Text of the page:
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How the $1.9 Trillion COVID-19 Relief Package Helps the Construction Industry
On Wednesday March 10, the House of Representatives approved the American Rescue Act of 2021, which is also known as the COVID-19 relief package. The bill has many measures that will help the American economy recover from the pandemic, which include employment incentives and a dedicated budget for the construction industry.
The Covid-19 relief package is welcome in the US construction sector, which has been affected by high materials prices and low employment in recent months:
- Associated Builders and Contractors found that construction input prices increased by 2.1% in February 2021, and there is a 7.6% increase with respect to February 2020. This affects key inputs like softwood lumber (+79.6%) and steel mill products (+20%).
- Associated General Contractors of America reported a drop of 61,000 jobs in the construction industry for February 2021, which was caused in great part by harsh weather conditions and blackouts. Compared with February 2020, construction employment dropped by 6.8% in a year.
The COVID-19 relief package also includes an employee retention tax credit, which allows a payroll tax deduction of up to $10,000 per employee. This is a general benefit for all business sectors, but it will be particularly helpful in the construction sector, which recently suffered a drastic job loss. This measure was praised by the Associated General Contractors of America, since it can help stem the tide of layoffs that is affecting the construction sector.
This is the second relief package in response to the coronavirus pandemic, following the $1.4 trillion bill signed in November 2020. The previous bill included a two-year extension of the federal solar tax credit which will now remain at 26% until the end of 2022.
Construction Incentives in the COVID-19 Relief Package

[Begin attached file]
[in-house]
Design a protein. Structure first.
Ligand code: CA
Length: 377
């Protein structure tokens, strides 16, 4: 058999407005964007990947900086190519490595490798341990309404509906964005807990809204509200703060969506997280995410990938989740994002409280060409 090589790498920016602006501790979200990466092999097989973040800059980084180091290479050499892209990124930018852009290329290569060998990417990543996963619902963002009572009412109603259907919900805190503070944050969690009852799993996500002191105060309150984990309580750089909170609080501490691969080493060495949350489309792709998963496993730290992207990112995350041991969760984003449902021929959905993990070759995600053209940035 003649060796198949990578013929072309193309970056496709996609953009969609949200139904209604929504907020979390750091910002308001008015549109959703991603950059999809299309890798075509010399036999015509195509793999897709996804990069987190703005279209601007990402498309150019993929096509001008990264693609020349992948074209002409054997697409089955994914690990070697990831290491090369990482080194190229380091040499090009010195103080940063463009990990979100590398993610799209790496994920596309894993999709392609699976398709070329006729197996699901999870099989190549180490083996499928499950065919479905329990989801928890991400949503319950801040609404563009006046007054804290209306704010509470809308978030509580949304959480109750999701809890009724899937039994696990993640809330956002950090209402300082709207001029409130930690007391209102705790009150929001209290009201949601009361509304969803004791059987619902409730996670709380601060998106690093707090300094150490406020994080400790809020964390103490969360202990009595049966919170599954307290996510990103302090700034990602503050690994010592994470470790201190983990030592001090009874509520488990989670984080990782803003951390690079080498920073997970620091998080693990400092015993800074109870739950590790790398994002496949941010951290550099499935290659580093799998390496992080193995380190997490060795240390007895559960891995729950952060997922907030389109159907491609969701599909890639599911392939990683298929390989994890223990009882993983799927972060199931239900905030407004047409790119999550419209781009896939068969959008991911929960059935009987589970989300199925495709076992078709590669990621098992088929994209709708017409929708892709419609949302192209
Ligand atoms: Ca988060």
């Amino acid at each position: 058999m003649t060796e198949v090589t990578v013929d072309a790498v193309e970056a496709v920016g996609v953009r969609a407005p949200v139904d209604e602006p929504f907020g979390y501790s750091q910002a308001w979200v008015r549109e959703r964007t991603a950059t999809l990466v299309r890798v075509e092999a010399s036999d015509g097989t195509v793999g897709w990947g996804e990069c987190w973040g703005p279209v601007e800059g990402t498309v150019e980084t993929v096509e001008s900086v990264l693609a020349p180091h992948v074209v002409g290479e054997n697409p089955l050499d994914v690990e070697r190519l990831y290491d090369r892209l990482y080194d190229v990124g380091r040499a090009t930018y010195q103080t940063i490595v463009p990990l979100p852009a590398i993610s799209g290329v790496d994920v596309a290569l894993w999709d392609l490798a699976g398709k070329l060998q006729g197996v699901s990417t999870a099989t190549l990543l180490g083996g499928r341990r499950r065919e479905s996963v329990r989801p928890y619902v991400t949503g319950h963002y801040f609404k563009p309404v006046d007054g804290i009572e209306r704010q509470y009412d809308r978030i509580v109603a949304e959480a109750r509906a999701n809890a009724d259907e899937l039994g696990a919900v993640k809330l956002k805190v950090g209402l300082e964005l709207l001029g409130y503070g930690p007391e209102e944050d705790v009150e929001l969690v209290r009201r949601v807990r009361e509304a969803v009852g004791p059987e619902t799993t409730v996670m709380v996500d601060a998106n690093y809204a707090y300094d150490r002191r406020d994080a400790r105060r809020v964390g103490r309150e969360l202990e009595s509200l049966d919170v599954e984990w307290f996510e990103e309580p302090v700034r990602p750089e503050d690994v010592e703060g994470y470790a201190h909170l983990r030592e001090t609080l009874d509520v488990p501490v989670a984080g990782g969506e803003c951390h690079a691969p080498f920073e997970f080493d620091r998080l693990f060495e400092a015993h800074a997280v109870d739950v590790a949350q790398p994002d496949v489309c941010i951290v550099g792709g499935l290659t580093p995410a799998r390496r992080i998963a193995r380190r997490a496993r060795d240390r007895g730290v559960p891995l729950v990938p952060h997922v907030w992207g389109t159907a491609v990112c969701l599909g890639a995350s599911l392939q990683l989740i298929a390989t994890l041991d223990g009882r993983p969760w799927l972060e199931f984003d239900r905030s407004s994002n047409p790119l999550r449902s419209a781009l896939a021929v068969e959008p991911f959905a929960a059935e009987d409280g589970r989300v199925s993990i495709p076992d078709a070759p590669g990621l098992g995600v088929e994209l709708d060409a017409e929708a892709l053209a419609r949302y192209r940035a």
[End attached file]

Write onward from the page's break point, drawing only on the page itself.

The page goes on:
The $1.9 trillion relief package includes a series of funds that focus on high-priority projects, which cover the construction sector.
- Emergency school relief aid: $125.8 billion, which includes a budget for school building improvements and repairs.
- Federal Transit Administration grants: $30.5 billion, helping compensate for the drop in transportation revenue caused by the pandemic.
- Restaurant revitalization fund: $25 billion
- Healthcare providers fund: $8.5 billion, which includes a budget for retrofits and temporary healthcare facilities.
- Novel coronavirus genomic sequencing and surveillance: $1.8 billion, including a fund for facility construction and alteration.
- Tribal governments fund: $600 million, which covers healthcare facility construction.
The bill also includes the $10 billion Coronavirus Capital Projects Fund, which focuses on priority projects that contribute to jobs, education and healthcare monitoring. Construction projects that meet this description are included in the fund.
- The Coronavirus Capital Project Fund will provide $100 million for each of the 50 states, and also $100 million funds for Washington DC, Puerto Rico and tribal governments.
- The rest of the fund will be allocated among states based on total population (50%), rural population (25%), and population with an income below 150% of the poverty line (25%).
The relief package also includes $340 billion in coronavirus recovery funds for states and local governments, which will help compensate for the drop in tax revenue. A fund of $219.8 billion is assigned to state governments, and the remaining $120.2 billion are for cities and counties. Local governments have been given freedom in how to use these funds, and construction projects are eligible.
Liability protection remains as an area of opportunity, which was not covered by any the COVID-19 relief package. Contractors can help prevent workplace infections with personal protective equipment and social distancing, but these measures are not 100% effective. The pandemic is a grey area in many insurance plans, contracts and even legislation, and many construction firms are concerned about possible lawsuits related to COVID-19.
The White House Office of Public Engagement has communicated that an infrastructure bill is also being discussed, which will include more incentives specifically for construction projects. The measures in this bill are still being discussed, but renewable energy and climate action will likely get plenty of funding.